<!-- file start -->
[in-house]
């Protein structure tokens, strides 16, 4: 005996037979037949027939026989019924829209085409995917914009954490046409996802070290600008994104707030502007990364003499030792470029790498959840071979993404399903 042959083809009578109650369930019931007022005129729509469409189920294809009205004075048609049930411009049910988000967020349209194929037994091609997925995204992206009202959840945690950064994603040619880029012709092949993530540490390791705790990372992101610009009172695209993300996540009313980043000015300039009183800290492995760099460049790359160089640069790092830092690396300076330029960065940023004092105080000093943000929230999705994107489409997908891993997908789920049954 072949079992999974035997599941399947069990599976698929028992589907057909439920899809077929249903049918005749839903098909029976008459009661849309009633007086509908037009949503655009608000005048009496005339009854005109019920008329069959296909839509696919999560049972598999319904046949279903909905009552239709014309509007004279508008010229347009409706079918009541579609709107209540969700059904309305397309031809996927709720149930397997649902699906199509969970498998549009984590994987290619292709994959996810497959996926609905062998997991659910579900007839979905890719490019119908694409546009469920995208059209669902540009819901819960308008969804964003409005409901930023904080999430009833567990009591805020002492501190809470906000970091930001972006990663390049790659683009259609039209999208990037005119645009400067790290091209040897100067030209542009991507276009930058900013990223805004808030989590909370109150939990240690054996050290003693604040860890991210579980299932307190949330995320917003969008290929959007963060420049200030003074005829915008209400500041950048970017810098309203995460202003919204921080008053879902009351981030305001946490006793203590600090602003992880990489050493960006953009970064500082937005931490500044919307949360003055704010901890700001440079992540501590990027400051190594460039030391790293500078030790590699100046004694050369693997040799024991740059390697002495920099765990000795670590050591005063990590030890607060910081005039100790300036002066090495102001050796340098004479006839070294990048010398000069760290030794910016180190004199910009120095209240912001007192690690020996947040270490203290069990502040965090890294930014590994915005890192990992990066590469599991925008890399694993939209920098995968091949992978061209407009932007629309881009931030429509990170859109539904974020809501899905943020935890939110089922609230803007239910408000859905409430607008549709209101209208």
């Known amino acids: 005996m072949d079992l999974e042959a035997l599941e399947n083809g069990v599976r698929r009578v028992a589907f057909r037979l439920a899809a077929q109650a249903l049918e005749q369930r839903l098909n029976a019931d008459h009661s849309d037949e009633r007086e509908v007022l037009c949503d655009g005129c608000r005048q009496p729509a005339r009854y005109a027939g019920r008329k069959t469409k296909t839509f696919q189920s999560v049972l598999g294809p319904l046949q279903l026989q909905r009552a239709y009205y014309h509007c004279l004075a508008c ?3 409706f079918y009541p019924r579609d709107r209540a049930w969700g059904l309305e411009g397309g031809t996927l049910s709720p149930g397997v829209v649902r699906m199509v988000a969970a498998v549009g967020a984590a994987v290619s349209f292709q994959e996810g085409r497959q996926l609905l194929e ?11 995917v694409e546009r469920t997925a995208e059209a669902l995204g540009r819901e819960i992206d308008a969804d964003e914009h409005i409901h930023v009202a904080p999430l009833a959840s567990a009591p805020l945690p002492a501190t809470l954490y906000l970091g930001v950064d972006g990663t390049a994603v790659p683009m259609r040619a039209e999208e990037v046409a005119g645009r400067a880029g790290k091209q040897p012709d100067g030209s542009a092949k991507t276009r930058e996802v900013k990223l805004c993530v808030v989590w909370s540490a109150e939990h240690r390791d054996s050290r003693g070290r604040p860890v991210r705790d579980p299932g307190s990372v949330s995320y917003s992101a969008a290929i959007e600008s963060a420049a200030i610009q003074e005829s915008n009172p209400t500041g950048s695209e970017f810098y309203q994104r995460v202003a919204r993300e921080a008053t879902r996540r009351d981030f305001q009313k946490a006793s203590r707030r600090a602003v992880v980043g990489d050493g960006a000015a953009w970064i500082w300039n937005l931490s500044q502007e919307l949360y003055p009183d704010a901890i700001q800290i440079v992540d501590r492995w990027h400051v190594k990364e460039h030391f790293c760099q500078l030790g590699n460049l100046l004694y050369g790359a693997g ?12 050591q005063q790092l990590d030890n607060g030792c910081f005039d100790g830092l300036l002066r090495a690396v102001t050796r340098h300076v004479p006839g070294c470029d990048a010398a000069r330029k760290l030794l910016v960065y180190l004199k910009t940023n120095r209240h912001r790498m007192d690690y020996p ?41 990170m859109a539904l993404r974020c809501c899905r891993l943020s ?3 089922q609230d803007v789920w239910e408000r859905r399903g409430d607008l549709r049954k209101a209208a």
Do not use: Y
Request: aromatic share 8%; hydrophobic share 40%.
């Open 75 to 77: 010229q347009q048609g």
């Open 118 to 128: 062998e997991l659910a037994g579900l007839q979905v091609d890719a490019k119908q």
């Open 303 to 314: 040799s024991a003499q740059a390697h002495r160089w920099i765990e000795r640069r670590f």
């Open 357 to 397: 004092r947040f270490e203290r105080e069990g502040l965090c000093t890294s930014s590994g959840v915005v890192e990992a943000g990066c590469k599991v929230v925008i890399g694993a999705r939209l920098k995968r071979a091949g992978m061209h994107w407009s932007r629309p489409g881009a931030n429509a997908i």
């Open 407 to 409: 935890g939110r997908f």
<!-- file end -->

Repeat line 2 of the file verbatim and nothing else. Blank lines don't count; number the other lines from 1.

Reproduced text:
């Protein structure tokens, strides 16, 4: 005996037979037949027939026989019924829209085409995917914009954490046409996802070290600008994104707030502007990364003499030792470029790498959840071979993404399903 042959083809009578109650369930019931007022005129729509469409189920294809009205004075048609049930411009049910988000967020349209194929037994091609997925995204992206009202959840945690950064994603040619880029012709092949993530540490390791705790990372992101610009009172695209993300996540009313980043000015300039009183800290492995760099460049790359160089640069790092830092690396300076330029960065940023004092105080000093943000929230999705994107489409997908891993997908789920049954 072949079992999974035997599941399947069990599976698929028992589907057909439920899809077929249903049918005749839903098909029976008459009661849309009633007086509908037009949503655009608000005048009496005339009854005109019920008329069959296909839509696919999560049972598999319904046949279903909905009552239709014309509007004279508008010229347009409706079918009541579609709107209540969700059904309305397309031809996927709720149930397997649902699906199509969970498998549009984590994987290619292709994959996810497959996926609905062998997991659910579900007839979905890719490019119908694409546009469920995208059209669902540009819901819960308008969804964003409005409901930023904080999430009833567990009591805020002492501190809470906000970091930001972006990663390049790659683009259609039209999208990037005119645009400067790290091209040897100067030209542009991507276009930058900013990223805004808030989590909370109150939990240690054996050290003693604040860890991210579980299932307190949330995320917003969008290929959007963060420049200030003074005829915008209400500041950048970017810098309203995460202003919204921080008053879902009351981030305001946490006793203590600090602003992880990489050493960006953009970064500082937005931490500044919307949360003055704010901890700001440079992540501590990027400051190594460039030391790293500078030790590699100046004694050369693997040799024991740059390697002495920099765990000795670590050591005063990590030890607060910081005039100790300036002066090495102001050796340098004479006839070294990048010398000069760290030794910016180190004199910009120095209240912001007192690690020996947040270490203290069990502040965090890294930014590994915005890192990992990066590469599991925008890399694993939209920098995968091949992978061209407009932007629309881009931030429509990170859109539904974020809501899905943020935890939110089922609230803007239910408000859905409430607008549709209101209208």